Initiator IDR electrostatics promote coacervation with polyanionic scaffolds

The DNA dependency of initiator LLPS suggested that initiator droplets form by coacervation, a process in which two oppositely charged polymers drive the formation of a condensed phase (Sing and Perry, 2020). We therefore set out to test the sensitivity of Cdt1 LLPS to salt. Using the depletion assay, we measured phase separation at different concentrations of potassium glutamate (KGlu; 75, 150, and 300 mM) (Figure 2A). We observed Cdt1 LLPS at or below physiological levels of salt (150 mM) but a loss of condensation above this value. These data demonstrate that electrostatic interactions are important for driving DNA-dependent phase separation by initiator proteins; however, it remained unclear whether specific Cdt1/DNA interactions, such as major- and minor-groove binding or ring-stacking interactions, might also be necessary for LLPS. To address this question, we assessed whether other anionic polyelectrolytes of distinct chemical composition could drive condensation. Double-stranded (ds) and single-stranded DNA (ssDNA), dsRNA, heparin, and poly-glutamate (each at 30 µg/ml) were combined with 2 µM Cdt1 and phase separation was assessed with the depletion assay (Figure 2B). All polyanions tested showed an equal propensity to induce Cdt1 phase separation, strongly supporting the notion that nonspecific electrostatic interactions are a significant driving force underlying DNA-induced initiator phase separation.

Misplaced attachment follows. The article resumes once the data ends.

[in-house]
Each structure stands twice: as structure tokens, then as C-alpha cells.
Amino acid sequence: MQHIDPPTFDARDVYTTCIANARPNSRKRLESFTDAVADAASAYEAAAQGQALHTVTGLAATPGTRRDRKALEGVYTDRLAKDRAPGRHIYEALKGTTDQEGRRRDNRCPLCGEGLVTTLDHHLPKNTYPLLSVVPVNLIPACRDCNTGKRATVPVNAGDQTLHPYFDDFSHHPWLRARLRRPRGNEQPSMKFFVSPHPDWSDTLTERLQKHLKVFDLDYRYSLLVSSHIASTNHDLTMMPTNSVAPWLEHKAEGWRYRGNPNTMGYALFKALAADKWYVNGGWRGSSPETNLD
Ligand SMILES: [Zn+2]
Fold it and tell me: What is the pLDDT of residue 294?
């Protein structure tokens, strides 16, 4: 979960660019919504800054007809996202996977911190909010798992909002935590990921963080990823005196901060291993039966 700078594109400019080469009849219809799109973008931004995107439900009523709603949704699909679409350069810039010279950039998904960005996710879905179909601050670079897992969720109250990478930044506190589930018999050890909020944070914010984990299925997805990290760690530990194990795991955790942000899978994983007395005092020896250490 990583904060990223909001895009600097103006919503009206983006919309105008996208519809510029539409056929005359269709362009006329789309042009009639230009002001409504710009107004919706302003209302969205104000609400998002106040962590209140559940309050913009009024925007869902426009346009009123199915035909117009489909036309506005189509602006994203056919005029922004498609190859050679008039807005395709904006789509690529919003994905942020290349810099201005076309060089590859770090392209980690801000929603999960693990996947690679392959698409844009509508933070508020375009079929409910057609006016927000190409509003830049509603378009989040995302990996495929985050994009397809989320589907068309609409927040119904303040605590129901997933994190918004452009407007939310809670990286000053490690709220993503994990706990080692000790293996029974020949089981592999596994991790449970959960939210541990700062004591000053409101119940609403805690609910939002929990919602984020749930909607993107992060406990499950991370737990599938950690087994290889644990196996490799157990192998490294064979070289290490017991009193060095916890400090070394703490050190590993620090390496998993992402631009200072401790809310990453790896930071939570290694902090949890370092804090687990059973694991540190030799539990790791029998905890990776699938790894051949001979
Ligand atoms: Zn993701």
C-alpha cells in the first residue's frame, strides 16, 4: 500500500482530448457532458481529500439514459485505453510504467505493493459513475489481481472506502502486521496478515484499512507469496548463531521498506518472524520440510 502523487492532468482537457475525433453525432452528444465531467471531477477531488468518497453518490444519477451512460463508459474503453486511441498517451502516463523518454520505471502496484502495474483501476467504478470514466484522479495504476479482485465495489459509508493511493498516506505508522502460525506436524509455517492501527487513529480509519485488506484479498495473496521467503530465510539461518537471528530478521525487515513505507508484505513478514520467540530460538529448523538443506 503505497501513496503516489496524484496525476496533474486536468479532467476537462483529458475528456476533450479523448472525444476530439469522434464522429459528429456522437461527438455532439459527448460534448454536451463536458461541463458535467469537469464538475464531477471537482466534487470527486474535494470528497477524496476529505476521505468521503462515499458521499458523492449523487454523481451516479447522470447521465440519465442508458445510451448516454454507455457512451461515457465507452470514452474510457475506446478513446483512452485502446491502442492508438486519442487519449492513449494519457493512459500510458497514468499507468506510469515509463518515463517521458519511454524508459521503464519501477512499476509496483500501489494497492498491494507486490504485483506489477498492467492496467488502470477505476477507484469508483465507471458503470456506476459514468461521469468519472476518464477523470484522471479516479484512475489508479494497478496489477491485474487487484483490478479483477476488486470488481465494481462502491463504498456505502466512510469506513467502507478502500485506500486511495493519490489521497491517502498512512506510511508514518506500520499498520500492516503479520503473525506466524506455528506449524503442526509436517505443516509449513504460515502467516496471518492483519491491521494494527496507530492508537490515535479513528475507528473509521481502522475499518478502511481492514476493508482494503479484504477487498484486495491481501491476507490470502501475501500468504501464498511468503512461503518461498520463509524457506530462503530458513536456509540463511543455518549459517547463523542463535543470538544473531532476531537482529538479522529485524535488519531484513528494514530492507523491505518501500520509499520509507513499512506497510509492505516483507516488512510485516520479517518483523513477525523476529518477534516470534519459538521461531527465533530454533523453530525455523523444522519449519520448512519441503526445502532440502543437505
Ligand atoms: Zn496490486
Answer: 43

Figure 2 with 1 supplement see all
DNA contributes adhesive interactions to Cdt1 liquid–liquid phase separation (LLPS) by acting as a counterion bridge.